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Diagonalization of symmetric matrices - form of matrix?

I would like to compute the eigenvalues of a symmetric matrix and wanted to use the LAPACKE_dsyev function from the MKL Library in C++ for that.

From the documentation https://software.intel.com/en-us/mkl-developer-reference-c-syev, I concluded that I would have to pass only the upper/lower triangular part of the matrix. It says about the argument that it "is an array containing either upper or lower triangular part of the symmetric matrix A".

However, it seems that actually one needs to pass the pointer to the full matrix to the routine. Say I want to diagonalize the following matrix:

[[-2,   0,     0.5,  0],
[0,     0.5, -2,     0.5],
[0.5,  -2,    0.5,  0],
[0,     0.5,  0,    -1]],
which has eigenvalues [ 2.56,  -2.22, -1.53, -0.81]

Then in the following code, only the first option gives the correct values.

#include <iostream>
#include"mkl_lapacke.h"
using namespace std;
int main(){
	MKL_INT N = 4;
	double matrix_ex_full[16] = {-2,0,0.5,0,0,0.5,-2,0.5,0.5, -2, 0.5, 0, 0,0.5,0,-1};
	double evals_full[4];
// Pass over the full matrix
	MKL_INT test1 = LAPACKE_dsyev(LAPACK_ROW_MAJOR, 'N', 'U', N, matrix_ex_full,N, evals_full);
	cout << "success = " <<test1 << endl;
	for (MKL_INT i = 0;i<4;i++)
		cout << evals_full << endl;
// Pass only the upper triagonal
	double matrix_ex_uppertri[10] = {-2, 0, 0.5, 0, 0.5, -2, 0.5, 0.5, 0, -1};
	double evals_uppertri[4];
	MKL_INT test2 = LAPACKE_dsyev(LAPACK_ROW_MAJOR, 'N', 'U', N, matrix_ex_uppertri,N, evals_uppertri);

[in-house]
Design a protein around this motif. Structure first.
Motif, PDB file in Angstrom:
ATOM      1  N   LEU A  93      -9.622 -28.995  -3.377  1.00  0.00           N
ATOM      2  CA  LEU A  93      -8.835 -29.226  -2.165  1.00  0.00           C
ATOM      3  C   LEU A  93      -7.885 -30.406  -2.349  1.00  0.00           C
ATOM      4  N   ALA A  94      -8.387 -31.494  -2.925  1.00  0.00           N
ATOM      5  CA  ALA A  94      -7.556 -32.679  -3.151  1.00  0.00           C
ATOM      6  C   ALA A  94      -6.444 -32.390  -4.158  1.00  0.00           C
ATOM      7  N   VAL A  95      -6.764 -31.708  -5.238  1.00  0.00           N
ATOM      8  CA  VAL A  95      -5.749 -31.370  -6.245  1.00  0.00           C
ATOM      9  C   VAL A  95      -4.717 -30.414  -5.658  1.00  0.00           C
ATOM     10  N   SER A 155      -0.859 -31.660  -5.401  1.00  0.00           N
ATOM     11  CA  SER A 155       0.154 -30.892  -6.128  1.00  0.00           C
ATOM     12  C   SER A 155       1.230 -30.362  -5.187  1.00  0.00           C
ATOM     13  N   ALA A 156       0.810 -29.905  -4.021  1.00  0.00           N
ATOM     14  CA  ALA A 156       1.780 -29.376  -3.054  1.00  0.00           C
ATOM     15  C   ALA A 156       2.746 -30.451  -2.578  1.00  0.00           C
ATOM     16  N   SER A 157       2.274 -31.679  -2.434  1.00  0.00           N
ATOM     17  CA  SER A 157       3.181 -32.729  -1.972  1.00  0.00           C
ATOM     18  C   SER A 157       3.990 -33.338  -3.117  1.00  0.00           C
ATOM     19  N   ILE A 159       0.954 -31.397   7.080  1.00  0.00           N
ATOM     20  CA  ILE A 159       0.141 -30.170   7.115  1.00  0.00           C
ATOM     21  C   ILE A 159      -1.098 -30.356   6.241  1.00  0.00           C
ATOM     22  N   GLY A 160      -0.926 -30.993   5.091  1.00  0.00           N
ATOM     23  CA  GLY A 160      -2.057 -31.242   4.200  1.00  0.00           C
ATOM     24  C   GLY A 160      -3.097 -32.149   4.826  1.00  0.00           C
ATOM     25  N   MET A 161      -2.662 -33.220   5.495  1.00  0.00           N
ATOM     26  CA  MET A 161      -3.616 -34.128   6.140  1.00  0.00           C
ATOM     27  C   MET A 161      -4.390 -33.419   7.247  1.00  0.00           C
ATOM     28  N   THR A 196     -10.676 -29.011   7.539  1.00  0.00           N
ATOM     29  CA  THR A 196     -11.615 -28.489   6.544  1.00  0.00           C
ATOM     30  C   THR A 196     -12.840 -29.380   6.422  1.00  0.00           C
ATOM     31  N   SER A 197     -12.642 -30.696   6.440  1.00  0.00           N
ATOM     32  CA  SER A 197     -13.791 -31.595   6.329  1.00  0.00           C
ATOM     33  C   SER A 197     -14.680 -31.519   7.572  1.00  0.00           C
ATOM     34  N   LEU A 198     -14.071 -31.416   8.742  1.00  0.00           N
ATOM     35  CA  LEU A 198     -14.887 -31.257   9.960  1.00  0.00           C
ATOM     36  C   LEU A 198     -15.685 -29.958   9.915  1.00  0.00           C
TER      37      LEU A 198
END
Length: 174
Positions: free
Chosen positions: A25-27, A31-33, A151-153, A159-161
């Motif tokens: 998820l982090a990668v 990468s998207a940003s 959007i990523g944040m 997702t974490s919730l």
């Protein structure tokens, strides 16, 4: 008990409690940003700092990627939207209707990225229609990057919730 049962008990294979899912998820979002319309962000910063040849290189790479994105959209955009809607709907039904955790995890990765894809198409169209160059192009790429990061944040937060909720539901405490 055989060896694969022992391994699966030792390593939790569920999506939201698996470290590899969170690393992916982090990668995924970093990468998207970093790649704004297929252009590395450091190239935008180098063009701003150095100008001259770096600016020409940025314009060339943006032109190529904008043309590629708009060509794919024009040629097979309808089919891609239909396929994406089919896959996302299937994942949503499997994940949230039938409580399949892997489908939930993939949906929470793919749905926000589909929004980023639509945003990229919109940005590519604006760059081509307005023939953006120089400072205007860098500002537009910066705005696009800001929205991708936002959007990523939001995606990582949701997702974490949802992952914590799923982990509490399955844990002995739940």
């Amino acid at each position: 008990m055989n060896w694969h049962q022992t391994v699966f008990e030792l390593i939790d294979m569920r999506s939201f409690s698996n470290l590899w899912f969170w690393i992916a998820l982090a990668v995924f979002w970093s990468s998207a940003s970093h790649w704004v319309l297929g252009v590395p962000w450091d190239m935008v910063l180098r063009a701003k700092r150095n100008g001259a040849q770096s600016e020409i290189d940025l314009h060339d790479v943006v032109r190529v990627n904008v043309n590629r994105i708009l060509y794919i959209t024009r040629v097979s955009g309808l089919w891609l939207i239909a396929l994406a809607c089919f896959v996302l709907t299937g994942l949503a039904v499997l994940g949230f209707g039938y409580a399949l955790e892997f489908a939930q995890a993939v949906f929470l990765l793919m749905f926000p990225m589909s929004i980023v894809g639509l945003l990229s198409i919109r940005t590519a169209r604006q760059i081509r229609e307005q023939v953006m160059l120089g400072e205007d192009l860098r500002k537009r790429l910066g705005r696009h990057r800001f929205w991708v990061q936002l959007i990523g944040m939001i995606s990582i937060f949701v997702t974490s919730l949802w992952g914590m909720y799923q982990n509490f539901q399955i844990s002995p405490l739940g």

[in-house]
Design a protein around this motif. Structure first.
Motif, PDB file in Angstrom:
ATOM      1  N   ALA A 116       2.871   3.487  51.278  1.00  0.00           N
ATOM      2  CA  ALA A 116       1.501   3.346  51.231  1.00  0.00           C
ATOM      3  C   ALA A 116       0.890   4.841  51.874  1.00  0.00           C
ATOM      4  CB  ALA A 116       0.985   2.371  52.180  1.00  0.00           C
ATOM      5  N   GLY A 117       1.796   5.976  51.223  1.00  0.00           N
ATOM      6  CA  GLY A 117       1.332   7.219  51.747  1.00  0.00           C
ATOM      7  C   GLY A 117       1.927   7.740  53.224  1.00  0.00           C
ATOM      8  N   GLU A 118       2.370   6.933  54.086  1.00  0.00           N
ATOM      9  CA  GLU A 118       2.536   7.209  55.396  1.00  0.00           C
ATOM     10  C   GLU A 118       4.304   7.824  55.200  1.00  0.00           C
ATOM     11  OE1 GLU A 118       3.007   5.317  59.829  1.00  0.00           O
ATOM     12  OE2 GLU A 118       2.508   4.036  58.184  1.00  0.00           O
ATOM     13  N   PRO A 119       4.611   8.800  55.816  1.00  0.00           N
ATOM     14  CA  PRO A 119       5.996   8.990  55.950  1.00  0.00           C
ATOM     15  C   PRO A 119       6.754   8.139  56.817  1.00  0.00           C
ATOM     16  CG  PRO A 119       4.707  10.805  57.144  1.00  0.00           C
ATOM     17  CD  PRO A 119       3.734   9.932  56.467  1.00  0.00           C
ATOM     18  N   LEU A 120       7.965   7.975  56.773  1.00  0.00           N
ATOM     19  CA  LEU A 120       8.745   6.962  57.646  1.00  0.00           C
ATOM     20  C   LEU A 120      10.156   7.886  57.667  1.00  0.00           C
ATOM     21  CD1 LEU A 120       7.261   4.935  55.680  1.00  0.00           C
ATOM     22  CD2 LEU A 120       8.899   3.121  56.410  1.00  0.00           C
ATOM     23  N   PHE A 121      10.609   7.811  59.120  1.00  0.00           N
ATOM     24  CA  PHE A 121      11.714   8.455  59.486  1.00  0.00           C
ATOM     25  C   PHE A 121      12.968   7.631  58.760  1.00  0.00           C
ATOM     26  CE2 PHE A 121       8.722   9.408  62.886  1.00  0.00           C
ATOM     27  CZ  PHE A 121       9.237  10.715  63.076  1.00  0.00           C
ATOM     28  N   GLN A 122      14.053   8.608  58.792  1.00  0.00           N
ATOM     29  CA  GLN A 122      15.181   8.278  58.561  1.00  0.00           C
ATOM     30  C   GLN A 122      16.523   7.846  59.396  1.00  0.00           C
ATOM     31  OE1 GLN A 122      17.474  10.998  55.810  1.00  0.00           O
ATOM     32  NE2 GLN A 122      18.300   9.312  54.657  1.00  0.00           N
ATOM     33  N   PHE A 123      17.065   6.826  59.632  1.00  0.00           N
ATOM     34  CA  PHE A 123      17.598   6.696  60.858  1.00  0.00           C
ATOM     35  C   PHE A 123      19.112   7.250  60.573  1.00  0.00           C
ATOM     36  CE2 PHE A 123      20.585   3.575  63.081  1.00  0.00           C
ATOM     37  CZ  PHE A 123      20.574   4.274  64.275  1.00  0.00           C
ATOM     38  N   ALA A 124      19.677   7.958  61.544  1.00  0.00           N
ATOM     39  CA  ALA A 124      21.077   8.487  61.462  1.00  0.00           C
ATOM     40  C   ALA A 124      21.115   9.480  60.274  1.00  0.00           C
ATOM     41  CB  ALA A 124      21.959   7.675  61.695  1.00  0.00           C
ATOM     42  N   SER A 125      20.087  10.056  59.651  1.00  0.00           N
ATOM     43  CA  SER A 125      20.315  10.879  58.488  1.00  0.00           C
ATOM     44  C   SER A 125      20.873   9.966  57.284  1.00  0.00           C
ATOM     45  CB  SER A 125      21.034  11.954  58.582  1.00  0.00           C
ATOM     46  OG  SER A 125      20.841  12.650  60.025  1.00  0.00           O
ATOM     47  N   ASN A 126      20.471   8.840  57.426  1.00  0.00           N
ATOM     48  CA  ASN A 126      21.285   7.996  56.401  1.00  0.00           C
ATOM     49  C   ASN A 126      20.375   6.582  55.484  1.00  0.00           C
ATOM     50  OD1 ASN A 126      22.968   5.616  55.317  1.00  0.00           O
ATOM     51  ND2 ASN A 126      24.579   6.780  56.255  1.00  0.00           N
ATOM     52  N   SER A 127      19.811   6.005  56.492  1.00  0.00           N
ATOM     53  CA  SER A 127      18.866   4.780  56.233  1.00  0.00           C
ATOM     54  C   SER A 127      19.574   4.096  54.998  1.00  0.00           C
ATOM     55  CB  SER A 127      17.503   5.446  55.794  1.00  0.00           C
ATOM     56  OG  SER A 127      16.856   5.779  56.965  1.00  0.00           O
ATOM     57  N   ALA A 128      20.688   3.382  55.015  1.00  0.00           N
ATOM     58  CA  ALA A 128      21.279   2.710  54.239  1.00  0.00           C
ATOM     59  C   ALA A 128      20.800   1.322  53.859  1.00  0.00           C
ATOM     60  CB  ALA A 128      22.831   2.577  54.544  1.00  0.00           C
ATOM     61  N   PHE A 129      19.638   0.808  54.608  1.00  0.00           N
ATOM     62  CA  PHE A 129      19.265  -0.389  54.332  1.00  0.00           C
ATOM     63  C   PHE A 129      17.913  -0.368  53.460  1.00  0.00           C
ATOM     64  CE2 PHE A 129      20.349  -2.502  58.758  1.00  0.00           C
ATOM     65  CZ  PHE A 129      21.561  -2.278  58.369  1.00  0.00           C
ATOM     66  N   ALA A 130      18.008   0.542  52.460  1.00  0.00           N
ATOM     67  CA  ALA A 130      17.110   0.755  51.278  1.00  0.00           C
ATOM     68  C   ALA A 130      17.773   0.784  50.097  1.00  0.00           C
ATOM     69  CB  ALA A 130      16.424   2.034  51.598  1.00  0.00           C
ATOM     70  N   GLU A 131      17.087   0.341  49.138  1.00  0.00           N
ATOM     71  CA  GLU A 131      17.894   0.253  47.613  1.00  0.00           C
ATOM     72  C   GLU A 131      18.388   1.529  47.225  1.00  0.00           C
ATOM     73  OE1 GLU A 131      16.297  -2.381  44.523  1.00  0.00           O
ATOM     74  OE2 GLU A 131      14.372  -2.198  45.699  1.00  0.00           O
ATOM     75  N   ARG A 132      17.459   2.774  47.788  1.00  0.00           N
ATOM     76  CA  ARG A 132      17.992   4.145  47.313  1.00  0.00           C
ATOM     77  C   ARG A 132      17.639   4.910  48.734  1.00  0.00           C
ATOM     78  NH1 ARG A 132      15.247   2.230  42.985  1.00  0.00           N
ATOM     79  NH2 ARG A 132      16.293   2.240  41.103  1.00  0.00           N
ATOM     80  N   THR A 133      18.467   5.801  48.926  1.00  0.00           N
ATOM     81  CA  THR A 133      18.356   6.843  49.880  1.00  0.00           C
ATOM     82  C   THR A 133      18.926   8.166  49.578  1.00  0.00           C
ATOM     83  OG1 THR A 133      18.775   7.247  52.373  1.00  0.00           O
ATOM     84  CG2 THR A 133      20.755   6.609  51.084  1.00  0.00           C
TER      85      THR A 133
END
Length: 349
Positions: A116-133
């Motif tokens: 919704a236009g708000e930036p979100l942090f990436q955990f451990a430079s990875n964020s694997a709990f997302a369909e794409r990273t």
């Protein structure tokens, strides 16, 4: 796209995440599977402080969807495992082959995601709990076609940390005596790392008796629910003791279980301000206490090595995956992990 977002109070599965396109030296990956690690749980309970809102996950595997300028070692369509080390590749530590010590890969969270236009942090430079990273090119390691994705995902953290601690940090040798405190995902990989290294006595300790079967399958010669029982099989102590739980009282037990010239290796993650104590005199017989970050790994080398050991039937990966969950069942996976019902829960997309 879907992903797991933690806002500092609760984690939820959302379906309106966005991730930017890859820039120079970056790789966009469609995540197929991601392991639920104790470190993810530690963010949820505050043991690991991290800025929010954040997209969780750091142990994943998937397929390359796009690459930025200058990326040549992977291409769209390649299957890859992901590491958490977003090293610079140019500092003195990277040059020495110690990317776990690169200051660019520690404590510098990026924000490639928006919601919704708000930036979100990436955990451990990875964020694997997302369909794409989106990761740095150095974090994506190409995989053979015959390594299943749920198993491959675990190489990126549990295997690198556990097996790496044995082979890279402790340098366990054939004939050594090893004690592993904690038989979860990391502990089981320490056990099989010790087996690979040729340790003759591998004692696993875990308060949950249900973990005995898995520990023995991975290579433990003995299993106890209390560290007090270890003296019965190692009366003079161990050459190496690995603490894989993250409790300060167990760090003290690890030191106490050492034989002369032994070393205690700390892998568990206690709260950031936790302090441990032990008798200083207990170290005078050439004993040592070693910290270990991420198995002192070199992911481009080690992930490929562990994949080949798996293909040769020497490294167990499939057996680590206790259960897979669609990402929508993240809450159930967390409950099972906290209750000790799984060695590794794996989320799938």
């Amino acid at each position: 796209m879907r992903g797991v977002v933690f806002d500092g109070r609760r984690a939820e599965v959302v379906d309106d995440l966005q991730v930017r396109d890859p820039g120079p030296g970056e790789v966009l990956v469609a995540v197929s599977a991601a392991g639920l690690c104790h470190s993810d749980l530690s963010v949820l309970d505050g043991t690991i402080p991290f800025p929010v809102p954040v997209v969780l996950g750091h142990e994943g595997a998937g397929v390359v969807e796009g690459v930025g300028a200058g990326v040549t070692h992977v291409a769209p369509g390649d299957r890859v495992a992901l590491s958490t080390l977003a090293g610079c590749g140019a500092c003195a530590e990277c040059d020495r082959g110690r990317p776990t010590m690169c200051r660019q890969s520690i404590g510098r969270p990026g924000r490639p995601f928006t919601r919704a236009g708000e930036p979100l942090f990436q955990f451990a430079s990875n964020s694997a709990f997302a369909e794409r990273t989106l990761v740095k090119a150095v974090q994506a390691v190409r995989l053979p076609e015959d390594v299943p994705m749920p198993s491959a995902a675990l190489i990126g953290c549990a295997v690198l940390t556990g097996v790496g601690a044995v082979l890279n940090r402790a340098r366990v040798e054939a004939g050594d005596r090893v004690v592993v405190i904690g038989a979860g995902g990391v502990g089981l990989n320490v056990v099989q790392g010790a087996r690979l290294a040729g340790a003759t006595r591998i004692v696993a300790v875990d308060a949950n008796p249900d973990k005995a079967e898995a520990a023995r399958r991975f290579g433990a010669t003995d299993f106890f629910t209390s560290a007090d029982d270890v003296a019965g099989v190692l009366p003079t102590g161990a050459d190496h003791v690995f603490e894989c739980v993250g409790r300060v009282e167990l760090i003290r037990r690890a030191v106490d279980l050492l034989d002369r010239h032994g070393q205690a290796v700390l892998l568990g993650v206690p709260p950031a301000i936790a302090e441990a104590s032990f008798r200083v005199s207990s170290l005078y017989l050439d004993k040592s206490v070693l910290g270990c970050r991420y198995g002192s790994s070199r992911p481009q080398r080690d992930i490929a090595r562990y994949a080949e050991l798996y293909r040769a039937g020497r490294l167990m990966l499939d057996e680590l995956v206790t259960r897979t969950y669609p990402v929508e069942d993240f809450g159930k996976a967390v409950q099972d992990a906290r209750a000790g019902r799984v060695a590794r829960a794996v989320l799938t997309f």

cout << "success = " <<test2 << endl;
	for (MKL_INT i = 0;i<4;i++)
		cout << evals_uppertri << endl;

}
//Compiled with g++ test.cpp -o main -m64 -I/share/opt/intel/compilers_and_libraries_2018.0.128/linux/mkl/include -L/share/opt/intel/compilers_and_libraries_2018.0.128/linux/mkl/lib/intel64 -Wl,--no-as-needed -lmkl_intel_lp64 -lmkl_gnu_thread -lmkl_core -lgomp -lpthread -lm -ldl

I guess I am missing something obvious here, but why, if the full matrix has to be given anyway, is it necessary at all to specify 'U' or 'L'? Or am I doing something wrong elsewhere?

Thanks for any help, and apologies if this question is trivial (which I have the feeling it must be), I am rather new to using MKL.

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2 Replies
271 Views

Ok, I have been given an answer already on Stackoverflow (https://stackoverflow.com/questions/58181635/full-matrix-or-triagonal-part-necessary-in-lapacke-func...

Apparently, an array of the full size has to be given, and the flag 'U' or 'L' then determines which triagonal of the matrix is used and which is ignored (so the latter can contain anything like zeros or random data).

So would conclude that everything does make sense here, documentation is just slightly misleading.

mecej4
Black Belt
271 Views

You only need to fill in the lower triangle with values. The strictly upper triangle need not be initialized with values. If eigenvectors are also requested, the full matrix is used to hold the eigenvectors. The way the subroutine is designed, it has two parts which have to be mutually consistent as to the representation of the matrix. If you don't ask for eigenvectors, the second part is skipped, but the subroutine arguments are still the same, because the underlying code was written Fortran 77, which does not permit arguments to be skipped whether they get used or not.

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